Change and continuity in the ideological gender gap

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When asked to place themselves on a left-right scale, men and women tend to take different positions. Over time, however ideological gender differences have taken a different form. While women were traditionally more right-leaning than men, from around the mid-1990s onwards they have been found to take positions to the left of men. Using an originally constructed dataset that includes information on the left-right self-placement of more than 2.5 million respondents in 36 OECD countries between 1973 and 2018, I empirically verify how the ideological gender gap has evolved since. The results show, first, that while women have shifted to the left since the late 1970s, the pace of this change has strongly diminished since the late 1990s. Second, there is important between-country variation in the size of the reversal in the ideological gender gap. Third, with the exception of the Silent generation and the Baby-boomers, newer generations of women have not taken more left-leaning positions than generations before them.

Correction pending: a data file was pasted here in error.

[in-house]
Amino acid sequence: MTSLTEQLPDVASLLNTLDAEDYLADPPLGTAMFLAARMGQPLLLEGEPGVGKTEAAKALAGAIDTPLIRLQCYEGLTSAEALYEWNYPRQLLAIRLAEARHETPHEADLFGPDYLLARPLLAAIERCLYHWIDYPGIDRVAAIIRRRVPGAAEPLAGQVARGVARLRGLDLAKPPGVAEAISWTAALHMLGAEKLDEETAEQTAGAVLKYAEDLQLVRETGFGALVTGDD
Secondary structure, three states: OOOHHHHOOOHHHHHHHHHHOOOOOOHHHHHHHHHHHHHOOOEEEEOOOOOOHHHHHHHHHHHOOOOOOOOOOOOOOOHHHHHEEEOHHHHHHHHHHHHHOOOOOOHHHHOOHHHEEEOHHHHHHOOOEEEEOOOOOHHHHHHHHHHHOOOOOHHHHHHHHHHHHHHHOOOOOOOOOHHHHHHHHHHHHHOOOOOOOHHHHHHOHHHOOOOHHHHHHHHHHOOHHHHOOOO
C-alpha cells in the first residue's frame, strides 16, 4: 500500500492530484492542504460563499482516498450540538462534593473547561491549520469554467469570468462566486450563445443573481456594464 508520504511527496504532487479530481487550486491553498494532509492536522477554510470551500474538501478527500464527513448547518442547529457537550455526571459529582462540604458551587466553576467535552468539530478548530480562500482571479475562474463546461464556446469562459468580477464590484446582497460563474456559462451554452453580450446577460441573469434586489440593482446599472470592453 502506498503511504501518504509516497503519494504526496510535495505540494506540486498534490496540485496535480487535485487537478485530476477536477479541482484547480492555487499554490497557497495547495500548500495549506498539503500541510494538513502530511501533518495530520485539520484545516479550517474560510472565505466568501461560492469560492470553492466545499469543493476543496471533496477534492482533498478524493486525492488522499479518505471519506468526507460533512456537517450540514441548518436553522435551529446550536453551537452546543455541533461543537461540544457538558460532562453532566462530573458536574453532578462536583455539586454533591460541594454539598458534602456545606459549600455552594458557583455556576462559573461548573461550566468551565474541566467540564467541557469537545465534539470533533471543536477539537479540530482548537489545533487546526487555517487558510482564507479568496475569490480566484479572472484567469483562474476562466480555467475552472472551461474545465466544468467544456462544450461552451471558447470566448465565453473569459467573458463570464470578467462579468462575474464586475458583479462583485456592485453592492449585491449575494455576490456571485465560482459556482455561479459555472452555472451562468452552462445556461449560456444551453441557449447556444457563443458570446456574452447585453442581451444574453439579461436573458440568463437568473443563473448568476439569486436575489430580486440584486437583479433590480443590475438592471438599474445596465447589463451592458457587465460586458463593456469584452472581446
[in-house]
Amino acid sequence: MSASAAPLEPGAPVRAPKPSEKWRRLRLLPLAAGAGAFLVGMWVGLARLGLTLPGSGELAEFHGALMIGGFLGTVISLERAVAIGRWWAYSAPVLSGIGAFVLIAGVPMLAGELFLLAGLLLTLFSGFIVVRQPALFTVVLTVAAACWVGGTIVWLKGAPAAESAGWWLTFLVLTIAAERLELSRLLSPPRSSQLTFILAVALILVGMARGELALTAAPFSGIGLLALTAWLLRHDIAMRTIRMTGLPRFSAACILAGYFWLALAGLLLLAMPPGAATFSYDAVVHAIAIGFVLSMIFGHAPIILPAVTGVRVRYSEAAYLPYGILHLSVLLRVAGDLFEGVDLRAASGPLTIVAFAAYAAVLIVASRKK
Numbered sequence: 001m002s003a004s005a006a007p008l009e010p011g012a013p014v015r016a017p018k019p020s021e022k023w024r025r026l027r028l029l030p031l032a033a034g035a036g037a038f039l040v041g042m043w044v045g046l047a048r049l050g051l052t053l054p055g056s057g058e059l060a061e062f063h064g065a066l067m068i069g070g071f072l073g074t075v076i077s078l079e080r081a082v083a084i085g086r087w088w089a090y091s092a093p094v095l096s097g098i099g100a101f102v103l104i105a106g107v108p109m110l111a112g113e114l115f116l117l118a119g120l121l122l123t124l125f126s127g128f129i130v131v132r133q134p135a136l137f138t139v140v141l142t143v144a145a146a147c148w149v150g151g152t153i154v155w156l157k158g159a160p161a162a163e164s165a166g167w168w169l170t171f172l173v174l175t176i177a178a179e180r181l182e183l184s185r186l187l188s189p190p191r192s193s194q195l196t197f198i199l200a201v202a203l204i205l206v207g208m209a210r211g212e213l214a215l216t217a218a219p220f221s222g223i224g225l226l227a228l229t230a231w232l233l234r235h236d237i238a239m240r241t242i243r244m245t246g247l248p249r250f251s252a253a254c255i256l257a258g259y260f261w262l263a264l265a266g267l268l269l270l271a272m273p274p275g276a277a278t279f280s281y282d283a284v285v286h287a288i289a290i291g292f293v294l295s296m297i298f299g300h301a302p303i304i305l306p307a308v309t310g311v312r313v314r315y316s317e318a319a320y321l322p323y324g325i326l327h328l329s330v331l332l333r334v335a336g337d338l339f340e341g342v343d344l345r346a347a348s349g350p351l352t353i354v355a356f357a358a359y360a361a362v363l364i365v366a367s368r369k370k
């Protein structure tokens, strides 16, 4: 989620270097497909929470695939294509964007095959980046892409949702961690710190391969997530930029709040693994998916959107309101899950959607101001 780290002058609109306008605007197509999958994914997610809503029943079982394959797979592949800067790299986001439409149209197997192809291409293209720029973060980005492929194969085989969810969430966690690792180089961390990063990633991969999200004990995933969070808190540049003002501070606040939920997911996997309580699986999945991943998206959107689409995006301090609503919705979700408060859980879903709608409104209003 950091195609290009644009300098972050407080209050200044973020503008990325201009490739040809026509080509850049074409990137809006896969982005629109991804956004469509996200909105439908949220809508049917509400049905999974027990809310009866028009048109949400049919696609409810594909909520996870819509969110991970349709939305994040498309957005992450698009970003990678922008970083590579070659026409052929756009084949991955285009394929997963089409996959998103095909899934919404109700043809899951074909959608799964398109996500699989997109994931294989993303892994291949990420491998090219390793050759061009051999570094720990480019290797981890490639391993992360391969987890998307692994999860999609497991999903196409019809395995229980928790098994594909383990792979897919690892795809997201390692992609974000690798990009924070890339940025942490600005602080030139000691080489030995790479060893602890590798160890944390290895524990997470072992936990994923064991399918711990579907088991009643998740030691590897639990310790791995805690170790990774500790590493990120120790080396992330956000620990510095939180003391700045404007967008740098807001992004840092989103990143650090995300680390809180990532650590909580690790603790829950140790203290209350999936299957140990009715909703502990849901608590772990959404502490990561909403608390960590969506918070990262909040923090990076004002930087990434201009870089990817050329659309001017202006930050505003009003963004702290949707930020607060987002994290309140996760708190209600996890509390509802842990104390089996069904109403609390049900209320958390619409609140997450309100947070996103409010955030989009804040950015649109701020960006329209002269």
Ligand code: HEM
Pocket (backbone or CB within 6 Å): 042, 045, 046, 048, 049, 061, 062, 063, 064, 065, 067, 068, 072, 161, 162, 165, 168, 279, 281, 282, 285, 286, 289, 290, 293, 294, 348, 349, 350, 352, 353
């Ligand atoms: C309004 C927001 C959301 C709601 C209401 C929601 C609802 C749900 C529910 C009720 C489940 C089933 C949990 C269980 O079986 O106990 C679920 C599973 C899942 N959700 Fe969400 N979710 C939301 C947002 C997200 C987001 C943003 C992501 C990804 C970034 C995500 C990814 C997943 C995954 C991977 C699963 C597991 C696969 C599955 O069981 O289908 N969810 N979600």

Ce contenu a été mis à jour le 26 novembre 2022 à 14 h 05 min.